The world in brief: EU talks new sanctions against Russia

European Commission President Ursula von der Leyen (right) greets NATO Secretary General Jens Stoltenberg prior to a meeting of the College of Commissioners at EU headquarters in Brussels, on Wednesday. (AP/Virginia Mayo)

EU talks new sanctions against Russia

BRUSSELS -- The European Union's executive said Wednesday it proposed to the member states a new package of sanctions targeting the Kremlin and its associates, seeking to tighten previous measures approved since the February 2022 invasion of Ukraine as well as adding dozens of economic operators.

The proposal sets in motion final talks between the 27 member states to reach the necessary unanimity on the issue and officials have said they hope to have the 12th package operational by the end of the year.

Even though Wednesday's statement did not go into details, preparatory talks centered on imposing export restrictions on Russia's lucrative diamond industry.

"The proposals for listings include actors from the Russian military, defense and IT sectors, as well as other important economic operators," the EU Commission statement said. It said that the latest package would target more than 120 individuals and entities.

Because the EU needs to get everyone on board, the outcome is not fully set yet. In the past, Hungary, which still has close relations with Moscow, has been able to delay and water down some sanctions packages.

Reparations order in poison gas case

THE HAGUE, Netherlands -- A Dutch court on Wednesday ruled that a company must pay compensation to five Iranian victims of chemical weapons attacks by Iraq in the 1980s after the company did not show up in court to defend itself against civil claims it supplied raw materials for poison gas.

The court in The Hague cleared a second company of liability in the same case, ruling that the company was not aware when it sold chemicals to the government of Saddam Hussein that they would be used to make mustard gas.

The five Iranians were left permanently injured after three Iraqi mustard gas attacks in 1984 and 1986 during the Iran-Iraq war, the court said in a statement. They argued that the two companies "knew or should have known" that thionyl chloride sold to Iraq would be used to make mustard gas.

The court upheld the claim against Forafina Beleggingen I B.V., formerly known as KBS Holland, after the company did not appear. The amount of compensation was not immediately determined.

Lawyers for the company cleared, now called Otjiaha B.V., denied that the company, formerly known as Melchemie, had any knowledge that the chemical would be used by Iraq to make mustard gas.

U.S. tourist dies in Bahamas sinking

SAN JUAN, Puerto Rico -- A U.S. tourist died in the Bahamas after a catamaran carrying more than 100 people sank while traveling to a private island, police said Wednesday.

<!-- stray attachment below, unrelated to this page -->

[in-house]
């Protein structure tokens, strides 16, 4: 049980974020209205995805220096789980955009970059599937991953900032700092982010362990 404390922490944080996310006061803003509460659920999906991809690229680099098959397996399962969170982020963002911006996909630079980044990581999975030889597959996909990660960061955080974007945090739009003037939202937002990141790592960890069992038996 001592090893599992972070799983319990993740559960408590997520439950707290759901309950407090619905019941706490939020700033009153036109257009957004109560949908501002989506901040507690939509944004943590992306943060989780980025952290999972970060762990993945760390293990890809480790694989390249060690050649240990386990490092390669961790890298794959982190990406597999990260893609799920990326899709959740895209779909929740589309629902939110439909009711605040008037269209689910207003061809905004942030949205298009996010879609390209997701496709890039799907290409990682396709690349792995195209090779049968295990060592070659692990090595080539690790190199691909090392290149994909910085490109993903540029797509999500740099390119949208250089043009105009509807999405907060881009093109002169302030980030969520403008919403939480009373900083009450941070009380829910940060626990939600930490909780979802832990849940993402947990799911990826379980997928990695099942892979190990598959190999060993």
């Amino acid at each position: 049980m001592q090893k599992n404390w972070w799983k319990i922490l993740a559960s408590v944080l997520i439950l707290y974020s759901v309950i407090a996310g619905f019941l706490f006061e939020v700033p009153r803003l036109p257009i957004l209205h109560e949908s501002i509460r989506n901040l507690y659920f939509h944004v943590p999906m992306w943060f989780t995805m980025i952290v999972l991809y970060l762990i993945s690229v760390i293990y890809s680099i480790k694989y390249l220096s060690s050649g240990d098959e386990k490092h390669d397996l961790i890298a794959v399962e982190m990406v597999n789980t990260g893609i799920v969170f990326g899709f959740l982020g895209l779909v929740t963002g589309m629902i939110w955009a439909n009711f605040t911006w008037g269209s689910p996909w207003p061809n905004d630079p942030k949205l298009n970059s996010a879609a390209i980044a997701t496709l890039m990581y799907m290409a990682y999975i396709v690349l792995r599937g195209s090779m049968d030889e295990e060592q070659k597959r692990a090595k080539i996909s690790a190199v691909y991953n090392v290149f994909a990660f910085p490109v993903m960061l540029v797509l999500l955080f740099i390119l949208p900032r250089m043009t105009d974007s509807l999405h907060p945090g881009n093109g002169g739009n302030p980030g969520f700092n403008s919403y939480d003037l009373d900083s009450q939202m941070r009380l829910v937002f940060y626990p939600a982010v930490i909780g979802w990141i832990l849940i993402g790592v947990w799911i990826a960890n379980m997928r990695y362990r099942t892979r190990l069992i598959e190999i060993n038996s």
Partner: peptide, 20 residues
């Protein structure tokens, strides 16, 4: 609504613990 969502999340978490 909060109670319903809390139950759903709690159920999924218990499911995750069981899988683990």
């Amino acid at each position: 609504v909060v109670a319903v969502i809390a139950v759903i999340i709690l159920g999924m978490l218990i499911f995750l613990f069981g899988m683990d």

Chief Superintendent Chrislyn Skippings told The Associated Press that the unidentified 74-year-old woman was from Broomfield, Colorado and was on a five-day vacation with her family when the catamaran sank late Tuesday morning.

The rest of the passengers and crew members were rescued. Two other unidentified people were taken to a medical facility, police said, but their conditions were not immediately known.

It wasn't immediately clear how the 74-year-old woman died.

Police said in a statement that the woman was found unresponsive as they helped pull the passengers and crew members from the water. They said she was given CPR and then taken to a dock where she was declared dead.

Life vests were available, and those aboard were wearing them, according to authorities.

Police said the double-deck catamaran began taking on water after departing Paradise Island with a group of tourists headed to Blue Lagoon Island, a popular destination located just northeast of the capital of Nassau.

Acquittal in Swedish spy case appealed

STOCKHOLM -- Sweden's prosecution authority on Wednesday appealed a ruling that acquitted a Russian-born Swedish businessman who had been accused of collecting information for Russia's military intelligence service for almost a decade.

On Oct. 26, the Stockholm District Court said advanced technology had been acquired and delivered to Russia but that Sergey Skvortsov's activities were "not aimed at obtaining information concerning Sweden or the United States that may constitute espionage."

"The man has been a procurement agent for Russian military intelligence in Sweden for almost 10 years," prosecutor Henrik Olin said in a statement. "Both the district court and I have found that behavior proven. I think there is room for the legislation on illegal intelligence activities to be interpreted a little more extensively than the rather cautious district court reached in its ruling."

Skvortsov was arrested in November with his wife in Nacka, outside Stockholm. He denied wrongdoing, His wife was released without charge following an investigation by Sweden's security agency.

Skvortsov had obtained information via two companies about items that Russia cannot otherwise acquire due to export regulations and sanctions. The prosecutor says he helped to buy and transport the goods, providing false or misleading information and acting under false identities.

  photo  European Commission President Ursula von der Leyen, right, speaks with NATO Secretary General Jens Stoltenberg as they arrive for a meeting of the College of Commissioners at EU headquarters in Brussels, Wednesday, Nov. 15, 2023. (AP Photo/Virginia Mayo)
  photo  European Commission President Ursula von der Leyen, left, and NATO Secretary General Jens Stoltenberg arrive for a meeting of the College of Commissioners at EU headquarters in Brussels, Wednesday, Nov. 15, 2023. (AP Photo/Virginia Mayo)